File Download

There are no files associated with this item.

  Links for fulltext
     (May Require Subscription)
Supplementary

Article: Environmental health and safety of Chinese sex workers: A cross-sectional study

TitleEnvironmental health and safety of Chinese sex workers: A cross-sectional study
Authors
KeywordsChinese
Occupational health
Sex workers
Issue Date2008
PublisherPergamon. The Journal's web site is located at http://www.elsevier.com/locate/ijnurstu
Citation
International Journal Of Nursing Studies, 2008, v. 45 n. 6, p. 932-941 How to Cite?
AbstractAim: This paper presents a Hong Kong (HK) data on the effect that sex work has on women's environmental health and safety. An outreach role that highlights safety and human rights is suggested for nurses working with female sex workers (FSWs) as clients. Background: In HK it was estimated that there were at least 200,000 FSWs in 2002 and the total population involved as workers, support staff, clients and partners of the clients exceeded half a million in a city of 6.8 million people. Despite these numbers, both locally and internationally there are very limited outreach nursing services that address the FSW's occupational health needs. Method: A cross-sectional survey, was undertaken over a 5 month period commencing in October 2003. A validated Chinese version of the World Health Organisation Quality of Life Measure was administered to a convenience sample of 89 female street sex workers. A focus group interview was later conducted to gain contextual information. Results: The predominantly mainland Chinese FSWs had a mean age of 36.1 years. These women tended to be less educated and older than the general population of FSWs. They worked long hours with most of their income sent back home to China. Many lived in sub-optimal conditions and risked being abused while at work. The women scored significantly lower in the environmental domains when compared to the general female population. Conclusion: Highlighted is the critical importance of developing a new role, both international and within the Asian region, for community nurses working in an outreach capacity. This role should be visible, affordable and accessible, for at risk populations such as FSWs. The primary focus of the new role would be to establish a close working relationship between sex workers, sex industry owner/operators, health agencies and local authorities. Risk awareness programs developed and conducted by community nurses should embrace the complexity of occupational health issues. Such programs would also have the benefit of affirming the health rights of sex workers and public health. © 2007 Elsevier Ltd. All rights reserved.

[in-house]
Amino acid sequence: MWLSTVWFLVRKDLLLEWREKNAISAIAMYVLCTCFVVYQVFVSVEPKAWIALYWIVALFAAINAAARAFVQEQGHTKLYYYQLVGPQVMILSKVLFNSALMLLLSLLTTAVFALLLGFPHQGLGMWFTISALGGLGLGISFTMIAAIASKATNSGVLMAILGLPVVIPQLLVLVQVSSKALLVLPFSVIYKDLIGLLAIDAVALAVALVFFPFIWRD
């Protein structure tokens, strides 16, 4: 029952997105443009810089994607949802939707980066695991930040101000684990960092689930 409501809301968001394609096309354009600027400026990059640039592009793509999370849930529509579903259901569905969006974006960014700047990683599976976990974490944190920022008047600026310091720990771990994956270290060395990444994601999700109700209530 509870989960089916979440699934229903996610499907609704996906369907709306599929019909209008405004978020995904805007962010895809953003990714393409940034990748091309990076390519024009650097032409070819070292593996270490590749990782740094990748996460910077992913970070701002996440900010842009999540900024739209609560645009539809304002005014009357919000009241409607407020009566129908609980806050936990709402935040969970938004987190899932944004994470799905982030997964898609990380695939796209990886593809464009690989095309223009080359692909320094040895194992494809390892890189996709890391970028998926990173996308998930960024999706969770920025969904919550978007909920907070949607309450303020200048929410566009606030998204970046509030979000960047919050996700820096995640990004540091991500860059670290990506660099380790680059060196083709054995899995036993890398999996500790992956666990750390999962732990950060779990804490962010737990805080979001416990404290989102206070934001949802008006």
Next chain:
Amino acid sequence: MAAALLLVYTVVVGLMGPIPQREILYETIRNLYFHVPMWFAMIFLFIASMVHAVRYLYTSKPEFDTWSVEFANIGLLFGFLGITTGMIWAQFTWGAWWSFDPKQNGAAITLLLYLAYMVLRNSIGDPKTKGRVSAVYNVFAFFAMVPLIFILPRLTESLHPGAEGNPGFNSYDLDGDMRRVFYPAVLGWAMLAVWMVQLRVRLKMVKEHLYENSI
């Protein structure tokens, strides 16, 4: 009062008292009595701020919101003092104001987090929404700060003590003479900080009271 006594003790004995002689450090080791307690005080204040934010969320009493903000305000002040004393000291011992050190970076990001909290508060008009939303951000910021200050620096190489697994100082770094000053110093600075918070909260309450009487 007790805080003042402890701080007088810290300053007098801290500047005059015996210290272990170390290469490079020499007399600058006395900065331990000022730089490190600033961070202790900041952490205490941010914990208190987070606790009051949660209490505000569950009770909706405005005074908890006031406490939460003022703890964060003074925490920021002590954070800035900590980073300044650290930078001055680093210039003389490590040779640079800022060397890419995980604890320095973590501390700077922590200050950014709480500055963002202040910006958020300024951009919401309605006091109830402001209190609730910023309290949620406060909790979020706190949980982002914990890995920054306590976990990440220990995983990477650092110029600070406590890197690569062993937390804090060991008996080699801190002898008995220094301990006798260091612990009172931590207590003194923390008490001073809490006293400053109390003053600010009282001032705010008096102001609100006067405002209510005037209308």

Persistent Identifierhttp://hdl.handle.net/10722/132425
ISSN
2015 Impact Factor: 3.561
2015 SCImago Journal Rankings: 1.526
ISI Accession Number ID
References

 

DC FieldValueLanguage
dc.contributor.authorHolroyd, EAen_HK
dc.contributor.authorWong, WCWen_HK
dc.contributor.authorAnn Gray, Sen_HK
dc.contributor.authorLing, DCen_HK
dc.date.accessioned2011-03-28T09:24:31Z-
dc.date.available2011-03-28T09:24:31Z-
dc.date.issued2008en_HK
dc.identifier.citationInternational Journal Of Nursing Studies, 2008, v. 45 n. 6, p. 932-941en_HK
dc.identifier.issn0020-7489en_HK
dc.identifier.urihttp://hdl.handle.net/10722/132425-